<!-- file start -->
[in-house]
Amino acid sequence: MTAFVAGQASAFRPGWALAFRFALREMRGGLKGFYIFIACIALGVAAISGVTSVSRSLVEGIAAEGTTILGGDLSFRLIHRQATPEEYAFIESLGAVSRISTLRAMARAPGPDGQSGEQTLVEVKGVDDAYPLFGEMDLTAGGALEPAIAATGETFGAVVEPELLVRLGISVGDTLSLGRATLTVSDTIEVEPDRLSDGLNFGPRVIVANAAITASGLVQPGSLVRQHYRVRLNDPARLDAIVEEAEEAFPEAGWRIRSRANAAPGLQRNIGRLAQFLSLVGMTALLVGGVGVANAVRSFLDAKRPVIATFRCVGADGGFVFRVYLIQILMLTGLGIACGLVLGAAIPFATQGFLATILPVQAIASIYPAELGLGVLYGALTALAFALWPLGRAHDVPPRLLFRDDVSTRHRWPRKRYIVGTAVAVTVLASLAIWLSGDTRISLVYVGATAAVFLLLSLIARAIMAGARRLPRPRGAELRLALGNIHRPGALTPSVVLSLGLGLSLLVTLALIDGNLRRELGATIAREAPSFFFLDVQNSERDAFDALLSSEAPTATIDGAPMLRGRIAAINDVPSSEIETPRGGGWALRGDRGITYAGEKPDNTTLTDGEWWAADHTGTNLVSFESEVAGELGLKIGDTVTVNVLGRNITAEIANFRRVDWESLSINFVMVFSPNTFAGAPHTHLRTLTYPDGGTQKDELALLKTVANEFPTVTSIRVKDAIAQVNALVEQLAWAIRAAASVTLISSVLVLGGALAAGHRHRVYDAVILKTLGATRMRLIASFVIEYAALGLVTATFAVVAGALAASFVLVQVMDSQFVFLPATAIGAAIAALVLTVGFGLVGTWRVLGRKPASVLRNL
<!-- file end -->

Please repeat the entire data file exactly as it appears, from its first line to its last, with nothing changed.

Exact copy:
[in-house]
Amino acid sequence: MTAFVAGQASAFRPGWALAFRFALREMRGGLKGFYIFIACIALGVAAISGVTSVSRSLVEGIAAEGTTILGGDLSFRLIHRQATPEEYAFIESLGAVSRISTLRAMARAPGPDGQSGEQTLVEVKGVDDAYPLFGEMDLTAGGALEPAIAATGETFGAVVEPELLVRLGISVGDTLSLGRATLTVSDTIEVEPDRLSDGLNFGPRVIVANAAITASGLVQPGSLVRQHYRVRLNDPARLDAIVEEAEEAFPEAGWRIRSRANAAPGLQRNIGRLAQFLSLVGMTALLVGGVGVANAVRSFLDAKRPVIATFRCVGADGGFVFRVYLIQILMLTGLGIACGLVLGAAIPFATQGFLATILPVQAIASIYPAELGLGVLYGALTALAFALWPLGRAHDVPPRLLFRDDVSTRHRWPRKRYIVGTAVAVTVLASLAIWLSGDTRISLVYVGATAAVFLLLSLIARAIMAGARRLPRPRGAELRLALGNIHRPGALTPSVVLSLGLGLSLLVTLALIDGNLRRELGATIAREAPSFFFLDVQNSERDAFDALLSSEAPTATIDGAPMLRGRIAAINDVPSSEIETPRGGGWALRGDRGITYAGEKPDNTTLTDGEWWAADHTGTNLVSFESEVAGELGLKIGDTVTVNVLGRNITAEIANFRRVDWESLSINFVMVFSPNTFAGAPHTHLRTLTYPDGGTQKDELALLKTVANEFPTVTSIRVKDAIAQVNALVEQLAWAIRAAASVTLISSVLVLGGALAAGHRHRVYDAVILKTLGATRMRLIASFVIEYAALGLVTATFAVVAGALAASFVLVQVMDSQFVFLPATAIGAAIAALVLTVGFGLVGTWRVLGRKPASVLRNL